Buying an Old House? This One Little Thing Could Make It Hard to Get Homeowners Insurance

My wife and I recently bought a 101-year-old house — and we love it! We love the character, the big windows, the hardwood floors, the funny little architectural details, and the interesting door knobs and fixtures. We love everything that makes this house feel like stepping into another era of history, that makes us feel connected to the unique heritage of our neighborhood, and to the lives of all the families that have gone before.

But there’s one thing about buying an old house that we don’t love: knob and tube wiring.

Like so many other aspects of homeownership, I had never heard of “knob and tube wiring” before it became a weird, expensive problem in my life. But if you buy an old house that was built between 1880 and 1940, your house might have knob and tube wiring. And this old style of wiring can cause you thousands of dollars’ worth of headaches.

Let’s look at a few reasons why knob and tube wiring is a problem for homeowners insurance, and how you can solve it.

What is knob and tube wiring?

Electrical wiring technology has come a long way since 1880-1940. But back in those days, many homes were electrified with a style of wiring called “knob and tube wiring,” that uses porcelain knobs and tubes. This kind of wiring is now considered obsolete, and depending on how it was installed or modified over the years, or what kind of condition the wiring’s insulation is in, it can be a safety hazard.

Knob and tube wiring can’t be installed anymore, and the modern form of electrical wiring (called “romex”) is safer and better. But if you buy an older house, you might find yourself stuck with a knob and tube wiring problem that can keep you from getting homeowners insurance.

Read more: check out our picks for best homeowners insurance companies

Homeowners insurance: Problems with knob and tube wiring

Some homeowners insurance companies will not insure homes that have knob and tube wiring. Other companies will offer insurance coverage for homes with knob and tube wiring, but at a higher premium. Want to replace the knob and tube wiring? It could cost thousands of dollars. According to, the average cost to replace knob and tube wiring ranges from $3,500 to $9,000.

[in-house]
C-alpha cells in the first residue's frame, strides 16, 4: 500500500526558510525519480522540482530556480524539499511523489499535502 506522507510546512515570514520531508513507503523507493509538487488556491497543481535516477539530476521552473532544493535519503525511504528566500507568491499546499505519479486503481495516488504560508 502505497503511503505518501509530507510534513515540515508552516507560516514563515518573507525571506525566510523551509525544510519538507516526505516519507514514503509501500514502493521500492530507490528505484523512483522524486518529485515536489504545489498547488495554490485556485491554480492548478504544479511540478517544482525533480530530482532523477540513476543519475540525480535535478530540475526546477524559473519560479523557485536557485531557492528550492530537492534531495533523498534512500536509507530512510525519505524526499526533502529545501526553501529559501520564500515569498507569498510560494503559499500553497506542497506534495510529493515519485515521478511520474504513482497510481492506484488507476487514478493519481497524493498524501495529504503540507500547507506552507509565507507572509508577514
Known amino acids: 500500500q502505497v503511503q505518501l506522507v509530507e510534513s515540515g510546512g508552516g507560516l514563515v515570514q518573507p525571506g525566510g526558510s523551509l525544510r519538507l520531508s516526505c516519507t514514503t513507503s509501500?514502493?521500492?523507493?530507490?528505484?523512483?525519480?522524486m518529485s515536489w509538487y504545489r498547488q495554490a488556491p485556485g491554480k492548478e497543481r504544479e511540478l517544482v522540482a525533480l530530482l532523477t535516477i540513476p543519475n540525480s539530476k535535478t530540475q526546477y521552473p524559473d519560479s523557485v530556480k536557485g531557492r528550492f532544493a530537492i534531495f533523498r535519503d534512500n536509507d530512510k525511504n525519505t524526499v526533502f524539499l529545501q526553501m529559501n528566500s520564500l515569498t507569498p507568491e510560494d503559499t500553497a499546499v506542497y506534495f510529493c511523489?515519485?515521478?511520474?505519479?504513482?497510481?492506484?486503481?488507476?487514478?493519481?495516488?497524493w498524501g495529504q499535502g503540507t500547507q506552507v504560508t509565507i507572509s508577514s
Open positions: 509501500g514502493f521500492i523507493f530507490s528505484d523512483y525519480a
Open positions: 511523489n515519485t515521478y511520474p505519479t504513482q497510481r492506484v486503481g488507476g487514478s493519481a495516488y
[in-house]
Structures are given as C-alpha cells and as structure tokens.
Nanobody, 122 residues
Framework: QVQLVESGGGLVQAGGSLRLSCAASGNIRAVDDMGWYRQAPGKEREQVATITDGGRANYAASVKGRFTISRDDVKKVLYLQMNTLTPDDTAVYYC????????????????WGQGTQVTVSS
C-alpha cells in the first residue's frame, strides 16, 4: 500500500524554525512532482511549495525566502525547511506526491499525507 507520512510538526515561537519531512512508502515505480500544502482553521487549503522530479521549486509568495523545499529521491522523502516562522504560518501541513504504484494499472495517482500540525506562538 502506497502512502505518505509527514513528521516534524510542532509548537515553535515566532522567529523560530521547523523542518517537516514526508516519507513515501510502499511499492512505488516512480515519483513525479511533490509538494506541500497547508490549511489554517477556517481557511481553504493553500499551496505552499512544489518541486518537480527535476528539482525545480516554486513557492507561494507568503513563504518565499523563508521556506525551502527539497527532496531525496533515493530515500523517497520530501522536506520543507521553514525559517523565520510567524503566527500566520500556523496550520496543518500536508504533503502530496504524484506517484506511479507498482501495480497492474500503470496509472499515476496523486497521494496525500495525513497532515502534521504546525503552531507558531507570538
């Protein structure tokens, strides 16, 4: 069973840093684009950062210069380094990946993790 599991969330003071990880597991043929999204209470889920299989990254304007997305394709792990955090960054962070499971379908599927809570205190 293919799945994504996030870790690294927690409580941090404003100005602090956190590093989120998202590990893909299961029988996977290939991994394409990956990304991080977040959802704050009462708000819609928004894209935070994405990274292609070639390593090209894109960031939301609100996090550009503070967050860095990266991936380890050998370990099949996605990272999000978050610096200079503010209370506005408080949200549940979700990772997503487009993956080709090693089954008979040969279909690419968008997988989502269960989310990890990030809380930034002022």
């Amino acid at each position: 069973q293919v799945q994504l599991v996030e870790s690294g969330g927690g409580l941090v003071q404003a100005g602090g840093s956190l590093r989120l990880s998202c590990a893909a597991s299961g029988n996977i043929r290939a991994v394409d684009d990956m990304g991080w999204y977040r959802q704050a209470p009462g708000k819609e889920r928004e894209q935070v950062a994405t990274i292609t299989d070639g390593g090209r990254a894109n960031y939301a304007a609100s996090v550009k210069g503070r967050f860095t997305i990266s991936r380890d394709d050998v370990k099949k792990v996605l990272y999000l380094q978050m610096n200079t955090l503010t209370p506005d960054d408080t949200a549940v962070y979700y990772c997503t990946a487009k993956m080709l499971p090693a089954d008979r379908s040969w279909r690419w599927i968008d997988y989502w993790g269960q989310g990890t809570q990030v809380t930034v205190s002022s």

But this doesn’t mean that knob and tube wiring has to be a dealbreaker. After all, many older homes from the pre-World War II era still have this kind of wiring. Knob and tube wiring is not always hazardous and does not always have to be replaced. With careful planning and expert advice, you can navigate the hassles of knob and tube.

How to get homeowners insurance with knob and tube wiring

When we were house hunting, our real estate agent knew that we loved older homes, and he knew that our desired neighborhood had a lot of houses from the era of knob and tube wiring. He recommended some homeowners insurance companies in our state that offered coverage for knob and tube wiring, and we were able to get a policy.

Fortunately, the same insurance company that already insured our cars was also willing to insure our new (old) knob and tube wired house. The premium was affordable, especially because we got an insurance discount for bundling home and auto coverage.

There was just one more thing that our insurance company needed so we could buy the house: it required a professional electrician to inspect the knob and tube wiring. We contacted a local electrical contractor and paid a few hundred dollars for one of their licensed electricians to spend a few hours checking out the nooks and crannies of our old house’s wiring.

The electrician’s report came back, and it was good news! The knob and tube wiring was in excellent condition and was limited to a few areas of the house; most of the high-demand places in our house like appliances and air conditioning were on newer wiring that had been replaced by previous homeowners. He did not recommend any further replacement of the knob and tube wiring; we were good to go, our home’s wiring was safe, we didn’t have to spend thousands of dollars rewiring the whole house, and our homeowners insurance got approved.

Bottom line: If you buy an old house, you might run into problems with knob and tube wiring. Some homeowners insurance companies won’t offer insurance for homes with this kind of wiring. But you don’t have to spend thousands of dollars to rewire the house — your insurer may just require a specialized inspection by an electrician. Knob and tube wiring doesn’t have to be a dealbreaker for your dream home.

Our picks for best homeowners insurance companies

There are many homeowners insurance companies to choose from. We’ve researched dozens of options and short-listed our favorites here. Looking for a green build discount or easy bundle policies? Want an easy-to-use interface? Read our free expert review and get a quote today.

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